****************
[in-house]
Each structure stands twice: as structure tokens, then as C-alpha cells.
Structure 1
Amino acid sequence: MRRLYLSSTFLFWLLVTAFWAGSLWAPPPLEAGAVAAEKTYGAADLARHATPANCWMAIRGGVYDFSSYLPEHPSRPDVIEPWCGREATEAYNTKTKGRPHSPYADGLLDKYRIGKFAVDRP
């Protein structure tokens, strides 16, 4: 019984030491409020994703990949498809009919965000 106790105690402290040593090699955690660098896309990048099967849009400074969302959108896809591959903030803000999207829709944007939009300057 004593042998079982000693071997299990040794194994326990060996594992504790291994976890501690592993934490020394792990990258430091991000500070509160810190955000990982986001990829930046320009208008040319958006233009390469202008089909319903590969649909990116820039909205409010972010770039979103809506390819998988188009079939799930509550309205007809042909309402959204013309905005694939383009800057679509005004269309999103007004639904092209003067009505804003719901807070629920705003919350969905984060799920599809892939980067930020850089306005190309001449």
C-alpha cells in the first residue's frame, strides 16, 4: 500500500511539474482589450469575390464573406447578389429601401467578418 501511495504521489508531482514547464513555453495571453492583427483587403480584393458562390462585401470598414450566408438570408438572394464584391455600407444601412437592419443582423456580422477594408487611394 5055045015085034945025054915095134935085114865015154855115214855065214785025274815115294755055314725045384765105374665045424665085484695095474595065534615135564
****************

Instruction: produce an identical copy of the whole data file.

[in-house]
Each structure stands twice: as structure tokens, then as C-alpha cells.
Structure 1
Amino acid sequence: MRRLYLSSTFLFWLLVTAFWAGSLWAPPPLEAGAVAAEKTYGAADLARHATPANCWMAIRGGVYDFSSYLPEHPSRPDVIEPWCGREATEAYNTKTKGRPHSPYADGLLDKYRIGKFAVDRP
């Protein structure tokens, strides 16, 4: 019984030491409020994703990949498809009919965000 106790105690402290040593090699955690660098896309990048099967849009400074969302959108896809591959903030803000999207829709944007939009300057 004593042998079982000693071997299990040794194994326990060996594992504790291994976890501690592993934490020394792990990258430091991000500070509160810190955000990982986001990829930046320009208008040319958006233009390469202008089909319903590969649909990116820039909205409010972010770039979103809506390819998988188009079939799930509550309205007809042909309402959204013309905005694939383009800057679509005004269309999103007004639904092209003067009505804003719901807070629920705003919350969905984060799920599809892939980067930020850089306005190309001449």
C-alpha cells in the first residue's frame, strides 16, 4: 500500500511539474482589450469575390464573406447578389429601401467578418 501511495504521489508531482514547464513555453495571453492583427483587403480584393458562390462585401470598414450566408438570408438572394464584391455600407444601412437592419443582423456580422477594408487611394 5055045015085034945025054915095134935085114865015154855115214855065214785025274815115294755055314725045384765105374665045424665085484695095474595065534615135564